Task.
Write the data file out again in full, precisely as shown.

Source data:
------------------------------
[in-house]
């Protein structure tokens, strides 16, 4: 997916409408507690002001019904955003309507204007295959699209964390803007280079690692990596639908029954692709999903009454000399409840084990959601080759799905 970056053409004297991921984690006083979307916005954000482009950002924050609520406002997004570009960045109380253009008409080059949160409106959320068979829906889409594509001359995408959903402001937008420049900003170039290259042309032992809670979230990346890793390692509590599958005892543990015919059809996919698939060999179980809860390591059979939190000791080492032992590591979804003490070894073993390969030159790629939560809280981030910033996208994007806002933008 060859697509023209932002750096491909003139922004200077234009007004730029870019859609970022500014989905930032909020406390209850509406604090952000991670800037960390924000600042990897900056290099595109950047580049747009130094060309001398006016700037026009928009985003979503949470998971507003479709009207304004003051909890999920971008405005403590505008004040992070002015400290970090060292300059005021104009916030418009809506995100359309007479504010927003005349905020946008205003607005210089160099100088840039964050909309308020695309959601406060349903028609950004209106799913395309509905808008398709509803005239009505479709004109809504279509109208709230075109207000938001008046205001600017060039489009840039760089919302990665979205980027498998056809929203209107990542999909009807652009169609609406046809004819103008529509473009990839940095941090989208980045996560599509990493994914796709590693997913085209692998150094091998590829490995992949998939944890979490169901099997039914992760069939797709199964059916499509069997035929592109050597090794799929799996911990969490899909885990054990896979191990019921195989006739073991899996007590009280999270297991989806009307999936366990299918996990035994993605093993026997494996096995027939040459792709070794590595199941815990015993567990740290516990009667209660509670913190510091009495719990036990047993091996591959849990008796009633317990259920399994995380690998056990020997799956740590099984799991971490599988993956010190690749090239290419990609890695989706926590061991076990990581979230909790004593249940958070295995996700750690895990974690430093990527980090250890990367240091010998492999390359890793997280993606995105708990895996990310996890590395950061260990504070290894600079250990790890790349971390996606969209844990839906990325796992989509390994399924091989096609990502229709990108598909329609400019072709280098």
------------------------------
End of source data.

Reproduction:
[in-house]
């Protein structure tokens, strides 16, 4: 997916409408507690002001019904955003309507204007295959699209964390803007280079690692990596639908029954692709999903009454000399409840084990959601080759799905 970056053409004297991921984690006083979307916005954000482009950002924050609520406002997004570009960045109380253009008409080059949160409106959320068979829906889409594509001359995408959903402001937008420049900003170039290259042309032992809670979230990346890793390692509590599958005892543990015919059809996919698939060999179980809860390591059979939190000791080492032992590591979804003490070894073993390969030159790629939560809280981030910033996208994007806002933008 060859697509023209932002750096491909003139922004200077234009007004730029870019859609970022500014989905930032909020406390209850509406604090952000991670800037960390924000600042990897900056290099595109950047580049747009130094060309001398006016700037026009928009985003979503949470998971507003479709009207304004003051909890999920971008405005403590505008004040992070002015400290970090060292300059005021104009916030418009809506995100359309007479504010927003005349905020946008205003607005210089160099100088840039964050909309308020695309959601406060349903028609950004209106799913395309509905808008398709509803005239009505479709004109809504279509109208709230075109207000938001008046205001600017060039489009840039760089919302990665979205980027498998056809929203209107990542999909009807652009169609609406046809004819103008529509473009990839940095941090989208980045996560599509990493994914796709590693997913085209692998150094091998590829490995992949998939944890979490169901099997039914992760069939797709199964059916499509069997035929592109050597090794799929799996911990969490899909885990054990896979191990019921195989006739073991899996007590009280999270297991989806009307999936366990299918996990035994993605093993026997494996096995027939040459792709070794590595199941815990015993567990740290516990009667209660509670913190510091009495719990036990047993091996591959849990008796009633317990259920399994995380690998056990020997799956740590099984799991971490599988993956010190690749090239290419990609890695989706926590061991076990990581979230909790004593249940958070295995996700750690895990974690430093990527980090250890990367240091010998492999390359890793997280993606995105708990895996990310996890590395950061260990504070290894600079250990790890790349971390996606969209844990839906990325796992989509390994399924091989096609990502229709990108598909329609400019072709280098």